[One highlight of this interview is Prachanda’s plans to forge an agreement with the reactionary Indian regime and the Chinese imperialists with the goals of developing closer economic ties and satisfying China’s and India’s “security concerns.” As part of this strategy, Prachanda is making a trip to New Delhi on November 15 to resolve the UCPN(Maoist)’s disputes with Indiia over borders and unequal treaties, in order to lessen and eventually remove Indian opposition to the UCPNM.
Prachanda also reiterates his full support for integration of an undisclosed number of the 19,000 members of the People’s Liberation Army (who have been housed in camps for four years) into the 90,000 strong US and Indian backed Nepal Army. This is the same army that the PLA was fighting against in order to liberate 80% of Nepal’s countryside as of 2006, the year that Prachanda and the UCPNM leadership called off the people’s war in order to become an electoral party in search of a peaceful reformist path to “socialism.”—Frontlines ed]
“We want to turn over a new leaf in our relationship with India”
Unified Communist Party of Nepal (Maoist) – UCPN(M) – has had a difficult relationship with India and other political parties in Nepal after the fall of Maoist-led government in May 2009. The party’s several attempts to regain power have been scuttled by its widening trust gap with various political forces. As a consequence the peace process has been stalled and Nepal has been without a functioning government for over four months. Against this backdrop, Prachanda ( Pushpa Kamal Dahal), Chairman of the UCPN (M), recently visited China where he proposed to the Chinese leadership a tripartite agreement between Nepal, China, and India. Prachanda spoke to Akhilesh Upadhyay and Sudheer Sharma on Saturday morning about his visit, his party’s upcoming plenum, its relationship with India, the peace process and his fall from grace.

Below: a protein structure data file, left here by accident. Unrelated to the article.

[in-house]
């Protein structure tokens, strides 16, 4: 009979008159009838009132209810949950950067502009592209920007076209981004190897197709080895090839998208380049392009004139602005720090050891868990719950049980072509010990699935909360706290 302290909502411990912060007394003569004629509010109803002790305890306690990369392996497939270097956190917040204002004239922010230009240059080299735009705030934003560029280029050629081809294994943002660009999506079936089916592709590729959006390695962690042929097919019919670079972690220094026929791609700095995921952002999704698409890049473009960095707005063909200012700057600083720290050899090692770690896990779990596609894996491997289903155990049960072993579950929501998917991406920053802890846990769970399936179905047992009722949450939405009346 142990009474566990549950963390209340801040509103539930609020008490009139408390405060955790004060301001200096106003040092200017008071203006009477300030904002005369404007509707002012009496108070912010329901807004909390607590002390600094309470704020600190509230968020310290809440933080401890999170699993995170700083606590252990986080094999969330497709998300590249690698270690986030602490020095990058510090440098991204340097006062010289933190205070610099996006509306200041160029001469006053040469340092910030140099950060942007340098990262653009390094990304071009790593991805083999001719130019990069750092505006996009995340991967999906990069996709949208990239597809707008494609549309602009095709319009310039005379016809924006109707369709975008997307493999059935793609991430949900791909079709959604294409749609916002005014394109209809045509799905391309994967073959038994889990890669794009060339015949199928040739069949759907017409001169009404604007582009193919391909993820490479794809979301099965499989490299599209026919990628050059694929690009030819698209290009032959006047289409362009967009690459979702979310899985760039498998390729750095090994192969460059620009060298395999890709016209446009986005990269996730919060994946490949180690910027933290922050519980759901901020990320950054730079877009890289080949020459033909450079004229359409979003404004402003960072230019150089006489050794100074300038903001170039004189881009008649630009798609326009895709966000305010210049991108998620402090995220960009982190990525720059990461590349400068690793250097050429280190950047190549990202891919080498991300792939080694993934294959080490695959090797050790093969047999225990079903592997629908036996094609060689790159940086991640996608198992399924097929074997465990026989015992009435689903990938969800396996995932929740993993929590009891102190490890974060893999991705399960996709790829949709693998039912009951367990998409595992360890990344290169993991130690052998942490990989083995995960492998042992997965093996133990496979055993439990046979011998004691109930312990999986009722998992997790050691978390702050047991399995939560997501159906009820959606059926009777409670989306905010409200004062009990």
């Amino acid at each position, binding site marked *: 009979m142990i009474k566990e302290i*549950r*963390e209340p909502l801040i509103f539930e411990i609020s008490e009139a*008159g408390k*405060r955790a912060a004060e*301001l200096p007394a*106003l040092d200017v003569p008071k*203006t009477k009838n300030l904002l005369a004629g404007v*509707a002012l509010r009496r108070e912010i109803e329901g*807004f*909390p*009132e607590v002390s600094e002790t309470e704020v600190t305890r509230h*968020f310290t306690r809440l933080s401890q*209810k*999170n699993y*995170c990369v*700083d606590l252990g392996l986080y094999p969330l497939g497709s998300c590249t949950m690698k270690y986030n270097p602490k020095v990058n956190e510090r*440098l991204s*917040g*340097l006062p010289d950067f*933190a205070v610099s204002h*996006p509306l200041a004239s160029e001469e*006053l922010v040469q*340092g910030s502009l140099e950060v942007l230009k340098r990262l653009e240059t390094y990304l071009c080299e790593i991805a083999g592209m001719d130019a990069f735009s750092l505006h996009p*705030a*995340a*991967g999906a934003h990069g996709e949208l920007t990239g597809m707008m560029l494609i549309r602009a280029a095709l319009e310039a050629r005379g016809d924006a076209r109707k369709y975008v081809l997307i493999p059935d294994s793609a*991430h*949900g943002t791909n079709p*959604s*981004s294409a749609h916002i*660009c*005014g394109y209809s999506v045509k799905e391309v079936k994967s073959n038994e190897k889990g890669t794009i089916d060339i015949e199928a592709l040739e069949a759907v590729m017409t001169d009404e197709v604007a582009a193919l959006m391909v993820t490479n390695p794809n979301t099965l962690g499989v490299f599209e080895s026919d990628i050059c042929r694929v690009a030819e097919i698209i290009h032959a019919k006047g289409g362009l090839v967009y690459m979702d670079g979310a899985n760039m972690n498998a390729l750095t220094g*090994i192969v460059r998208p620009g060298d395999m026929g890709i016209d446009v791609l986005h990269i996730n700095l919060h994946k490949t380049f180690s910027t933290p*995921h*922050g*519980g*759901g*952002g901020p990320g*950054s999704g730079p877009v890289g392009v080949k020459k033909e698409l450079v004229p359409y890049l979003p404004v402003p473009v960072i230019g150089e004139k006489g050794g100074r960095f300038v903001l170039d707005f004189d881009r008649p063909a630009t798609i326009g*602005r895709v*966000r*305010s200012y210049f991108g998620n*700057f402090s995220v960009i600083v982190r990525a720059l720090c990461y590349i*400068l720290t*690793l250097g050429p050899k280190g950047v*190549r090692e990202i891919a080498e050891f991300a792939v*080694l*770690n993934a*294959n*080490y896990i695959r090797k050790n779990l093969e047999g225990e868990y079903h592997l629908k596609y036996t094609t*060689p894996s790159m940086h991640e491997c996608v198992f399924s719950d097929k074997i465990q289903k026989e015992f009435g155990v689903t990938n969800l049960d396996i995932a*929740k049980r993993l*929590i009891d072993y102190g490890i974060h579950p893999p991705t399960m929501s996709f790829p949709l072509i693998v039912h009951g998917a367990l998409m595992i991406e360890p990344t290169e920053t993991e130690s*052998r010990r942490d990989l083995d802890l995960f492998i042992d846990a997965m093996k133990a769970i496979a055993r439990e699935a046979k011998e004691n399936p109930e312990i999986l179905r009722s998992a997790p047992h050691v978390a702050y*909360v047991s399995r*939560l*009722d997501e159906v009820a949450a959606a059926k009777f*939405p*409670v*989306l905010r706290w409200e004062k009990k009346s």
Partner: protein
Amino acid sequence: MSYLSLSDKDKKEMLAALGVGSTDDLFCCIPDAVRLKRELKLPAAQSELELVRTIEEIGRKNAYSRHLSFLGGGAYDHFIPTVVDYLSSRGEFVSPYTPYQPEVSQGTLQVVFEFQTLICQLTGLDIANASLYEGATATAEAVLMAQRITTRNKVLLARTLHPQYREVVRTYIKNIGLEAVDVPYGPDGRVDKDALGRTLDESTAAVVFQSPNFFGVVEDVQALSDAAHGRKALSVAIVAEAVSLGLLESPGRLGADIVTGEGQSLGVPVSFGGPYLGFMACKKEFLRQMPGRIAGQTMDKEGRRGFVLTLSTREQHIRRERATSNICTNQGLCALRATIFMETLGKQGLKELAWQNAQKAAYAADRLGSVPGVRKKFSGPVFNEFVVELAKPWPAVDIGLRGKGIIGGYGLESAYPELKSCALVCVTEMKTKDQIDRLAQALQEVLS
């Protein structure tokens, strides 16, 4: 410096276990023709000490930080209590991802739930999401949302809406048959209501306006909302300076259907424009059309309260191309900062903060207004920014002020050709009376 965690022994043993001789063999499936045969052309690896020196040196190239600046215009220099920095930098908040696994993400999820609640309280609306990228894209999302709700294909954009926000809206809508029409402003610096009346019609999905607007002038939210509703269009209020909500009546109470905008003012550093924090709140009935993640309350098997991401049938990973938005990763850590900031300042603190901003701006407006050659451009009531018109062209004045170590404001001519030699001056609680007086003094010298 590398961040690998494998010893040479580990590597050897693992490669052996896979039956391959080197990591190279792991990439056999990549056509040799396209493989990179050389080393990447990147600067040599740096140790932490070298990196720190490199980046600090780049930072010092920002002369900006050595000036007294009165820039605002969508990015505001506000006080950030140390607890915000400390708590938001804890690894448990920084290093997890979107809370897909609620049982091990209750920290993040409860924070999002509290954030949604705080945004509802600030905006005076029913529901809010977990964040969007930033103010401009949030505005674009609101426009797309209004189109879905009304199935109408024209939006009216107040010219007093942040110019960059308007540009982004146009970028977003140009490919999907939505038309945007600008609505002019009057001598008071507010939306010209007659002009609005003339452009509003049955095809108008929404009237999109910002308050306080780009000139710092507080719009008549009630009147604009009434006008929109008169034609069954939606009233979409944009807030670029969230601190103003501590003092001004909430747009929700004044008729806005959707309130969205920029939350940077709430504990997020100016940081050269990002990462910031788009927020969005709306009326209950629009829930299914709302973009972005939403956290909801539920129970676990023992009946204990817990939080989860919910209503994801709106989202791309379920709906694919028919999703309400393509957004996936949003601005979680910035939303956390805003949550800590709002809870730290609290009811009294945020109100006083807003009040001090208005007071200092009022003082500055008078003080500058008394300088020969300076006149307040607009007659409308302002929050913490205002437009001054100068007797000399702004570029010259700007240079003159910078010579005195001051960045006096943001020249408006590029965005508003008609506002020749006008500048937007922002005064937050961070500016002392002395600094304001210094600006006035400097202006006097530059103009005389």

You and your party men have been to China frequently. Some reading it as tilting towards China.
It is not as it appears in the media. At an ideological level, we are naturally interested in studying developments in China. But my visits have been circumstantial. The first time I went to the Olympics. The second time I was there to study Chinese development. This time I was there to attend the Shanghai Expo. Which is not just about China for the expo is, in a sense, a world expo.
It is true that while in China I had meetings with Chinese leaders. But upon my return I divulged the content of those meetings. Chinese leaders have always underlined the need to ensure peace and development (in Nepal). As the largest party, they have advised us to improve ties with India. There is no truth in the rumours about our party’s preference of China over India. Continue reading